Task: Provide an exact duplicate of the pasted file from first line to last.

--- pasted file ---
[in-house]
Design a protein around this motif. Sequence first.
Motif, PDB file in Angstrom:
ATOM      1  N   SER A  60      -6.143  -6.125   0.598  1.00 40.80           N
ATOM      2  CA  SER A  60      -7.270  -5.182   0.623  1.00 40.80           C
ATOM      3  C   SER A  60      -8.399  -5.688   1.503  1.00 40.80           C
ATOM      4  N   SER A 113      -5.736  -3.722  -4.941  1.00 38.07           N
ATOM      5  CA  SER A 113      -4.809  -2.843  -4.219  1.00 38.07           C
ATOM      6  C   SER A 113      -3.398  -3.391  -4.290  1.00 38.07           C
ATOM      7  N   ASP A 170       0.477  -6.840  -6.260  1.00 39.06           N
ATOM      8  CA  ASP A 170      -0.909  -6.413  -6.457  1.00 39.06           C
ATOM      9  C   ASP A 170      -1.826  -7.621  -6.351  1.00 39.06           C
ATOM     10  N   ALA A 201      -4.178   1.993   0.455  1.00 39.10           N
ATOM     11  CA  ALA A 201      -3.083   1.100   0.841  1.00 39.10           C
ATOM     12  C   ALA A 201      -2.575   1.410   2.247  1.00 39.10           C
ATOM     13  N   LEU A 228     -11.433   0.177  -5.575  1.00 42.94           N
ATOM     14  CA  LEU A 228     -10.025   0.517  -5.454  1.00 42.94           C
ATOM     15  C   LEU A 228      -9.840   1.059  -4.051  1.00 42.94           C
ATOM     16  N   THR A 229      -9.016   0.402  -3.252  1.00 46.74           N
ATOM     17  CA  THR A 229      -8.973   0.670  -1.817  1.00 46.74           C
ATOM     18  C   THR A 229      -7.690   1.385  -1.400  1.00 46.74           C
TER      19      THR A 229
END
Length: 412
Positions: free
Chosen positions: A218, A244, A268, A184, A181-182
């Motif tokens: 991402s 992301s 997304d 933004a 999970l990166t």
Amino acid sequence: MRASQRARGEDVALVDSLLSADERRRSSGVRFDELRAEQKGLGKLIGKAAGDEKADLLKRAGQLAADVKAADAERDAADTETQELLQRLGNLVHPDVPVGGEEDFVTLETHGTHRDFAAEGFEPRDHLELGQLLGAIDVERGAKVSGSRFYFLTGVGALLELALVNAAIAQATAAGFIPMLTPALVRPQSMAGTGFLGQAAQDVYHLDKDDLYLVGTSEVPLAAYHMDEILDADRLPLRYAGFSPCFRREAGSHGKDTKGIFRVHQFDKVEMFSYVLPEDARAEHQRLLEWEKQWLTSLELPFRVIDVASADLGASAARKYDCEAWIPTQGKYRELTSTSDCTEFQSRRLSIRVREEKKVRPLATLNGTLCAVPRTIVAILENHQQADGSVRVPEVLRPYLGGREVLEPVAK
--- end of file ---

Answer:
[in-house]
Design a protein around this motif. Sequence first.
Motif, PDB file in Angstrom:
ATOM      1  N   SER A  60      -6.143  -6.125   0.598  1.00 40.80           N
ATOM      2  CA  SER A  60      -7.270  -5.182   0.623  1.00 40.80           C
ATOM      3  C   SER A  60      -8.399  -5.688   1.503  1.00 40.80           C
ATOM      4  N   SER A 113      -5.736  -3.722  -4.941  1.00 38.07           N
ATOM      5  CA  SER A 113      -4.809  -2.843  -4.219  1.00 38.07           C
ATOM      6  C   SER A 113      -3.398  -3.391  -4.290  1.00 38.07           C
ATOM      7  N   ASP A 170       0.477  -6.840  -6.260  1.00 39.06           N
ATOM      8  CA  ASP A 170      -0.909  -6.413  -6.457  1.00 39.06           C
ATOM      9  C   ASP A 170      -1.826  -7.621  -6.351  1.00 39.06           C
ATOM     10  N   ALA A 201      -4.178   1.993   0.455  1.00 39.10           N
ATOM     11  CA  ALA A 201      -3.083   1.100   0.841  1.00 39.10           C
ATOM     12  C   ALA A 201      -2.575   1.410   2.247  1.00 39.10           C
ATOM     13  N   LEU A 228     -11.433   0.177  -5.575  1.00 42.94           N
ATOM     14  CA  LEU A 228     -10.025   0.517  -5.454  1.00 42.94           C
ATOM     15  C   LEU A 228      -9.840   1.059  -4.051  1.00 42.94           C
ATOM     16  N   THR A 229      -9.016   0.402  -3.252  1.00 46.74           N
ATOM     17  CA  THR A 229      -8.973   0.670  -1.817  1.00 46.74           C
ATOM     18  C   THR A 229      -7.690   1.385  -1.400  1.00 46.74           C
TER      19      THR A 229
END
Length: 412
Positions: free
Chosen positions: A218, A244, A268, A184, A181-182
């Motif tokens: 991402s 992301s 997304d 933004a 999970l990166t």
Amino acid sequence: MRASQRARGEDVALVDSLLSADERRRSSGVRFDELRAEQKGLGKLIGKAAGDEKADLLKRAGQLAADVKAADAERDAADTETQELLQRLGNLVHPDVPVGGEEDFVTLETHGTHRDFAAEGFEPRDHLELGQLLGAIDVERGAKVSGSRFYFLTGVGALLELALVNAAIAQATAAGFIPMLTPALVRPQSMAGTGFLGQAAQDVYHLDKDDLYLVGTSEVPLAAYHMDEILDADRLPLRYAGFSPCFRREAGSHGKDTKGIFRVHQFDKVEMFSYVLPEDARAEHQRLLEWEKQWLTSLELPFRVIDVASADLGASAARKYDCEAWIPTQGKYRELTSTSDCTEFQSRRLSIRVREEKKVRPLATLNGTLCAVPRTIVAILENHQQADGSVRVPEVLRPYLGGREVLEPVAK